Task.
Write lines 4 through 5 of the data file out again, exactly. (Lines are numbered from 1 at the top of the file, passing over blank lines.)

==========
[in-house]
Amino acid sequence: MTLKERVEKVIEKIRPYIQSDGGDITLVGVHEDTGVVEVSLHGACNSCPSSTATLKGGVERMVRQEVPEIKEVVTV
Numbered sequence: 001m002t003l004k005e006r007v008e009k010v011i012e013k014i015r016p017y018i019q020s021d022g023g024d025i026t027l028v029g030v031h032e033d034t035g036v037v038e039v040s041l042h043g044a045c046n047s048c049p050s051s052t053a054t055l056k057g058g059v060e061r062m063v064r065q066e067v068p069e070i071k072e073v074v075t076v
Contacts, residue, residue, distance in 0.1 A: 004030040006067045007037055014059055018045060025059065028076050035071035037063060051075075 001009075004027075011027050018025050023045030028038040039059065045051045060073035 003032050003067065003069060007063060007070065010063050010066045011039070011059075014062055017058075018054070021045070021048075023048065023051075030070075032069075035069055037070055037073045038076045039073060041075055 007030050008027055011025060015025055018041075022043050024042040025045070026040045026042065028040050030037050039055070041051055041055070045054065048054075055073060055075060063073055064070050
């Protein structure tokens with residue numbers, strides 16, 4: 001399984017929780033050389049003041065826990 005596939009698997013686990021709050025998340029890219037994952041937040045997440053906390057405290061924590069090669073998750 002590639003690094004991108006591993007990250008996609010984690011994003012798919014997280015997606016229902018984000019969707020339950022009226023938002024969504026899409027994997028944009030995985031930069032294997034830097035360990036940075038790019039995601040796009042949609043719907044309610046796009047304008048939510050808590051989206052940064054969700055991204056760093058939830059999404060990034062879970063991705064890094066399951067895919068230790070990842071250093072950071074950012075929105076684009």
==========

Contacts, residue, residue, distance in 0.1 A: 004030040006067045007037055014059055018045060025059065028076050035071035037063060051075075 001009075004027075011027050018025050023045030028038040039059065045051045060073035 003032050003067065003069060007063060007070065010063050010066045011039070011059075014062055017058075018054070021045070021048075023048065023051075030070075032069075035069055037070055037073045038076045039073060041075055 007030050008027055011025060015025055018041075022043050024042040025045070026040045026042065028040050030037050039055070041051055041055070045054065048054075055073060055075060063073055064070050
């Protein structure tokens with residue numbers, strides 16, 4: 001399984017929780033050389049003041065826990 005596939009698997013686990021709050025998340029890219037994952041937040045997440053906390057405290061924590069090669073998750 002590639003690094004991108006591993007990250008996609010984690011994003012798919014997280015997606016229902018984000019969707020339950022009226023938002024969504026899409027994997028944009030995985031930069032294997034830097035360990036940075038790019039995601040796009042949609043719907044309610046796009047304008048939510050808590051989206052940064054969700055991204056760093058939830059999404060990034062879970063991705064890094066399951067895919068230790070990842071250093072950071074950012075929105076684009």